Trombonist Barnabus Jones, 41, could have stepped into this 9th Ward backyard during another century, with his mutton-chop sideburns, fedora and style of horn playing. His bandmates in Tuba Skinny are similarly timeless, as is their music, a broad repertoire of old-time jazz and blues that they play ensemble-style.
“Because of improvisation, people play off each other,” Jones said. “How we play is based on who we’re playing with.”
But for Tuesday’s performance, in a backyard on New Orleans’ Urquhart Street, the seven musicians were vibing partly to one another and partly to the imagined rhythms of someone unseen, an 89-year-old Belgian pianist named Simon Gronowski.
“Hey, Mr. Gronowski,” intoned washboard player Robin Rapuzzi, 32, as they began to record. “We’d like to play music with you, too.” Because of the COVID-19 pandemic, an in-person collaboration was perilous, he said, “but in the meantime, this is what we got.”
With that, cornet player and bandleader Shaye Cohn, 38, stomped her foot to set the beat for “Savoy Blues,” written by Louisiana trombonist and bandleader Edward “Kid” Ory in 1920.
It was one of four tunes laid down by the band on a digital sort of recording wax that flowed through a computer set up in a friend’s backyard. The technology allows other musicians to add tracks remotely, and the result will be a cohesive album even though the musicians are performing oceans apart from one another. Tuba Skinny’s former singer, Erika Lewis, who lives in North Carolina, will add vocals, and Gronowski will add his keyboard.
The seed for this collaboration was planted last month in Brussels, in a newspaper profile of Gronowski. Widely known in Europe as a Holocaust survivor, Gronowski, at age 11, had jumped off a train headed to the Auschwitz death camp that killed his mother and older sister. He wrote a book about that experience, and about his decision later to forgive a Nazi who worked as a guard in a camp where Gronowski and his family had been held.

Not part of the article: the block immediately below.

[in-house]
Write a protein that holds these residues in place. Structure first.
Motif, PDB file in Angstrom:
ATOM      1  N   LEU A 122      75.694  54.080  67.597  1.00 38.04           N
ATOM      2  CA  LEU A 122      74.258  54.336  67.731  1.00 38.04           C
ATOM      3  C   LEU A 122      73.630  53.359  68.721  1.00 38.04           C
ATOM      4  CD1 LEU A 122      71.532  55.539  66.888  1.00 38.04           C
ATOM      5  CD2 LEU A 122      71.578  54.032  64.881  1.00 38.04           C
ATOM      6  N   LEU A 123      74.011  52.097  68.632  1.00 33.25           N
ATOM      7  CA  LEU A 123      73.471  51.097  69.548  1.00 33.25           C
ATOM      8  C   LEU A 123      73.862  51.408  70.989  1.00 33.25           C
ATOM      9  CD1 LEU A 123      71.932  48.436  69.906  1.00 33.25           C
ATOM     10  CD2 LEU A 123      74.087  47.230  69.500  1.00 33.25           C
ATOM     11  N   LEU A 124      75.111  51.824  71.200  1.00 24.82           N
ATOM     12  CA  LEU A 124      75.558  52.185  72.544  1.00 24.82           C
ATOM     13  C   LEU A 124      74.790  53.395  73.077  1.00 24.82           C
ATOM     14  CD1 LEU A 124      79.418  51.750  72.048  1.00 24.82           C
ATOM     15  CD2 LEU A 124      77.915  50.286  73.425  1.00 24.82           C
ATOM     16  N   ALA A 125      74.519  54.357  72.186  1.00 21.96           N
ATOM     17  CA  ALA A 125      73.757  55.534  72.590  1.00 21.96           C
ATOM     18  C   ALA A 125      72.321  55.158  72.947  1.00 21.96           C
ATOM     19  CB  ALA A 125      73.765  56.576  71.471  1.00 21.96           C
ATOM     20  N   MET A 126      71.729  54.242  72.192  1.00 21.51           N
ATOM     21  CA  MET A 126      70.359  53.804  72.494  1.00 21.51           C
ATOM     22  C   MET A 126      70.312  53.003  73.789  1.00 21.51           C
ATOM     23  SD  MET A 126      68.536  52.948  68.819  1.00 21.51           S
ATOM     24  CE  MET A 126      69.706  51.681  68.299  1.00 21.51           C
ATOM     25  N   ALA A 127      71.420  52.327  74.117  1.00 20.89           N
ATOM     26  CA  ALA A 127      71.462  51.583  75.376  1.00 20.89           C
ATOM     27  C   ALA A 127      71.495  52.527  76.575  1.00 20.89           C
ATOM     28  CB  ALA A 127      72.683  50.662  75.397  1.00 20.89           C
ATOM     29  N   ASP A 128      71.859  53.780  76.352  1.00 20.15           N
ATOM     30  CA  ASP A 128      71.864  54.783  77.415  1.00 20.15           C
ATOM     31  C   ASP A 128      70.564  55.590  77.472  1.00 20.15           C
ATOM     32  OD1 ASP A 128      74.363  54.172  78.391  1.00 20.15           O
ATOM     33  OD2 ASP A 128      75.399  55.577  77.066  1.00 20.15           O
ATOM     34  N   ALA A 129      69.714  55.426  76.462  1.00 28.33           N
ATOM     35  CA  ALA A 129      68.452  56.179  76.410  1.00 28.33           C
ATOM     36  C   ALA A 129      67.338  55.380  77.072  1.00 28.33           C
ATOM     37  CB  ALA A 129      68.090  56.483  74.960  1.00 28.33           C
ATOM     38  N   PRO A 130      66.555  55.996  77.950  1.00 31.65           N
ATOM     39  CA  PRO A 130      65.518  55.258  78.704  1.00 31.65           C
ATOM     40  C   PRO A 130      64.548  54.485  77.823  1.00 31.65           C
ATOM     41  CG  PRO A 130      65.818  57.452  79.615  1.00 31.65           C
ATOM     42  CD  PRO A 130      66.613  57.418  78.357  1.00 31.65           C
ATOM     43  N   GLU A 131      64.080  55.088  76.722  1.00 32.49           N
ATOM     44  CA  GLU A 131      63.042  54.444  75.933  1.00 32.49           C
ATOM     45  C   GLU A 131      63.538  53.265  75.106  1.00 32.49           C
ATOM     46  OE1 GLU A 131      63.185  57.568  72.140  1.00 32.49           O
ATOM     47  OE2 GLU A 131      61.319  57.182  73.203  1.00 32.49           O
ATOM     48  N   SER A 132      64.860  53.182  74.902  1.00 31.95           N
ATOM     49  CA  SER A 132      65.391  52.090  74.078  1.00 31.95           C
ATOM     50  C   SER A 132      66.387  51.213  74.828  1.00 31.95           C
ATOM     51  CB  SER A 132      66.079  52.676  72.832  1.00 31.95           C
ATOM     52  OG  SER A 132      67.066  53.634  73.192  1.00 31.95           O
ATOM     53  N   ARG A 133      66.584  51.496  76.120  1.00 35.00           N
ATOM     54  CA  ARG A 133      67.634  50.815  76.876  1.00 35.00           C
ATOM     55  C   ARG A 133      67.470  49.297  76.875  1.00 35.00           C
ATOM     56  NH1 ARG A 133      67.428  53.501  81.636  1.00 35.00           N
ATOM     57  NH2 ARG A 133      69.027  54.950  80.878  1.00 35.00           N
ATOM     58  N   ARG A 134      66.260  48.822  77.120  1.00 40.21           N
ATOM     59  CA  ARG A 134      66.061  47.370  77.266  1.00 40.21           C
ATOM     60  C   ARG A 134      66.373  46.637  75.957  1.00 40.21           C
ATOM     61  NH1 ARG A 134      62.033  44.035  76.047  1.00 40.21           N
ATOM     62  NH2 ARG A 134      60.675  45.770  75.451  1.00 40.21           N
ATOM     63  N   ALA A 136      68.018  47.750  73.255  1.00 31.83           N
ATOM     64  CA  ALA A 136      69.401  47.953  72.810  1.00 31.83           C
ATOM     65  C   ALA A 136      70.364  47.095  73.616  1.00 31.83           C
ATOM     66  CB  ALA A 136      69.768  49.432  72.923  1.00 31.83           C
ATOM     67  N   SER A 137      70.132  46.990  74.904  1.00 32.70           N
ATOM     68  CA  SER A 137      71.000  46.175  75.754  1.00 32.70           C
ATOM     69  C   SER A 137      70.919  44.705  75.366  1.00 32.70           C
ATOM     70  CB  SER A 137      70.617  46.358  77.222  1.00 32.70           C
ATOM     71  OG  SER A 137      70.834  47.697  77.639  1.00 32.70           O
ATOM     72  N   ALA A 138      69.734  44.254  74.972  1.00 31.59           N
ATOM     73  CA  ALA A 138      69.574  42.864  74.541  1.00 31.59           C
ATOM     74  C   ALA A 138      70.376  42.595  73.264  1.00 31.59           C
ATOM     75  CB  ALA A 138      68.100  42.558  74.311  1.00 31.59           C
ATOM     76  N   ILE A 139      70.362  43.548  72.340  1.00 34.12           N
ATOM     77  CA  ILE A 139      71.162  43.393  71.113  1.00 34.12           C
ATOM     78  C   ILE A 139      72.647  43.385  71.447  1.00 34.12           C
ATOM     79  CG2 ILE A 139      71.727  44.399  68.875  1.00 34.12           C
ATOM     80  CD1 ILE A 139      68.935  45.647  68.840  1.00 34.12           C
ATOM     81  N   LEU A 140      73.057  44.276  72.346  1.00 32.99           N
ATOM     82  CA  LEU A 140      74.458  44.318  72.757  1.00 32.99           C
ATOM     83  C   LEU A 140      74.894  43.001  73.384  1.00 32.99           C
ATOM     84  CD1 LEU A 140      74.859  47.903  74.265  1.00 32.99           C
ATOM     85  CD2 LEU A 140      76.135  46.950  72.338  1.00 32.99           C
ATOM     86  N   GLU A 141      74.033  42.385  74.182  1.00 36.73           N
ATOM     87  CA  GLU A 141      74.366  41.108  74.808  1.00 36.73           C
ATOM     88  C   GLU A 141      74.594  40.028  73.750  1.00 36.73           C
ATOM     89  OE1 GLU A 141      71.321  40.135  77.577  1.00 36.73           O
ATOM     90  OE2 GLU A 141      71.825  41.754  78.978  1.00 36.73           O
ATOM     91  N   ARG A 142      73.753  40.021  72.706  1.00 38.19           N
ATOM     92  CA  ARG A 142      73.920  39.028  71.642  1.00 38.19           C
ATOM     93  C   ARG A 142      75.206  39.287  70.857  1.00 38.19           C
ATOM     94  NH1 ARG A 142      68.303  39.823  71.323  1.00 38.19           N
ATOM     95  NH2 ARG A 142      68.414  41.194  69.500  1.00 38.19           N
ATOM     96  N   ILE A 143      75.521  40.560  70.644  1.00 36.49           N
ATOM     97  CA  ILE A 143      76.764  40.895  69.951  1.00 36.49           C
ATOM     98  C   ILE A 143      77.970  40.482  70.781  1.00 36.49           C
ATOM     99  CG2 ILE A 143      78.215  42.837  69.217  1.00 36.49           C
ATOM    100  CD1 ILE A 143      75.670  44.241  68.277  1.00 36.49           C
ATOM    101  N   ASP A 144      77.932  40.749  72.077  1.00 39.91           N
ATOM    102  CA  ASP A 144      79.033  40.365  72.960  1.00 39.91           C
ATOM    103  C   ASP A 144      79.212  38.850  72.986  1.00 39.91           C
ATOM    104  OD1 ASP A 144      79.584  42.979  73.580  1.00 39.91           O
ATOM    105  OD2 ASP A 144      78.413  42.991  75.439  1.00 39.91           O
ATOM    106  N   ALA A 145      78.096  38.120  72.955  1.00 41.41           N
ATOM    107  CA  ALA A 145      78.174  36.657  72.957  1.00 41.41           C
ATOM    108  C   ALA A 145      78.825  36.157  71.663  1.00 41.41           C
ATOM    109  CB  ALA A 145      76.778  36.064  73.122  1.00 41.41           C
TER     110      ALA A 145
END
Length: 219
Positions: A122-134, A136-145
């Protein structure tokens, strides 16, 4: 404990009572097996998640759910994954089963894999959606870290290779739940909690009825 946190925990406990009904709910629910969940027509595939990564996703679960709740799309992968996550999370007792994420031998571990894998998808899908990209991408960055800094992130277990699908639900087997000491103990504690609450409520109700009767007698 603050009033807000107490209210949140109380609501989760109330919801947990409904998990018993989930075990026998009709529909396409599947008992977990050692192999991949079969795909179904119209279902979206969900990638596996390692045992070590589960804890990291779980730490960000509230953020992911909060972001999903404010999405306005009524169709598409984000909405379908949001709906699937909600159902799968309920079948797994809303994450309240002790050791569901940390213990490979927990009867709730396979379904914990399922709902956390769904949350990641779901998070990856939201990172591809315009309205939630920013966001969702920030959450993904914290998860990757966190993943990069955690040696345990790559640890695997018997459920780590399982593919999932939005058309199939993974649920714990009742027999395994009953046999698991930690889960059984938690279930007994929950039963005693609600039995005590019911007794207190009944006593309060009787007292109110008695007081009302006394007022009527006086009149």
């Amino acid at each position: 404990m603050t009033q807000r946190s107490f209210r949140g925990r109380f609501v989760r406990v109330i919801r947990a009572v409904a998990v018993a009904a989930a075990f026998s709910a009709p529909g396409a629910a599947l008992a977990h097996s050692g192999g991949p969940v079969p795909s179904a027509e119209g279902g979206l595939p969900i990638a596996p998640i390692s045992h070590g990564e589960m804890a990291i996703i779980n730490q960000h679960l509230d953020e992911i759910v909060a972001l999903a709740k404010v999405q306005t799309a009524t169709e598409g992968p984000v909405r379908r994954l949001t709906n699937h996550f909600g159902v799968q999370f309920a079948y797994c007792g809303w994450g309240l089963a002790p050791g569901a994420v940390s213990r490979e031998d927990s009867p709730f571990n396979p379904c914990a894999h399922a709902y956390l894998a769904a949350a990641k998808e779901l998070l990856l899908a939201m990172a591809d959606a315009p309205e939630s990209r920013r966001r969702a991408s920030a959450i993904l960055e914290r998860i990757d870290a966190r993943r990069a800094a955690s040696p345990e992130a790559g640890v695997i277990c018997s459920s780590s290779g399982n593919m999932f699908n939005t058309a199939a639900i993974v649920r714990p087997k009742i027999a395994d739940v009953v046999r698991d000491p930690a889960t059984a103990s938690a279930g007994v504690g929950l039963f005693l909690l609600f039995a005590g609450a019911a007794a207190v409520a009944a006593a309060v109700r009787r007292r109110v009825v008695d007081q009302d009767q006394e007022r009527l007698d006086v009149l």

In November, he brought up Tuba Skinny in an interview with The New York Times’ Brussels correspondent, Matina Stevis-Gridneff, who wrote a profile about him and his response to the coronavirus lockdown. Once again, Stevis-Gridneff wrote, Gronowski had moved past tragedy to hope, as he regularly opened his windows and played jazz on his electric piano for his neighbors.
Amy Edwards Anderson, an English teacher who has lived near Gronowski in Brussels for two decades, told The Times that the music was “a kind of unsolicited gift to the neighborhood.”
Gronowski said he was making plans for after the lockdown. “I want to play with this band from New Orleans,” he told The Times. “They’re called Tuba Skinny. They’re great!”
After the story was published, members of Tuba Skinny started getting a flood of phone calls. A few people offered to fly Gronowski to New Orleans or to fly the band to him. The band demurred, given the risks of the pandemic’s burgeoning third wave. But a digital recording session seemed feasible.
“I love Tuba Skinny because their jazz is pure and wonderful and because they’re young, sincere and simple,” Gronowski told The Times-Picayune | The New Orleans Advocate, in messages translated from French by Anderson. He wrote that he’d never been to New Orleans to see the band but had heard its music on jazz radio and on the internet. “Jazz brings people together and brings them happiness,” he wrote of the collaboration he’d wrought with the little band from New Orleans.
The socially distanced recording Tuesday afternoon was augmented occasionally by the sounds of the 9th Ward, where a neighbor was hammering in an adjacent yard and a bird sang from the Chinese-tallow tree. Beneath its canopy, band members were seated on portable chairs next to a mildewed fishing boat on blocks and a clawfoot bathtub.
On occasion, clarinetist Craig Flory, 62, and Cohn would put down their horns and Cohn would holler “Gronowski!” to signal a future 12-bar solo for their invisible piano player. During those moments, the band scaled back to rhythm section only: Rapuzzi on washboard, guitarists Greg Sherman, 32, and Max Bien-Kahn, 34, and Todd Burdick, 36, on sousaphone.
The band’s name came from Burdick, who, when riding his bicycle to the French Quarter, every time heard a man holler, “There goes Tuba Skinny,” a wry reference to longtime street musician Anthony “Tuba Fats” Lacen, who died in 2004 and laid in state at Gallier Hall until his funeral and procession.
Tuba Skinny’s “stage” of many years, the pedestrian mall made by a blocked-off Royal Street, went away when the Hard Rock Hotel fell and Royal was reopened to vehicular traffic. But on Tuesday, the band again put its music into the air of New Orleans. And, as with Gronowski in Brussels, neighbors saw it as an unsolicited gift.
As they played their versions of “Squeeze Me,” the 1925 Fats Waller tune and the Ma Rainey number “Hear Me Talkin’ to Ya,” applause came from the other side of a wooden fence. Standing on tiptoes, a neighbor showed her smiling face and told the band that their music had brightened her day. “Thank you. Thank you,” she said.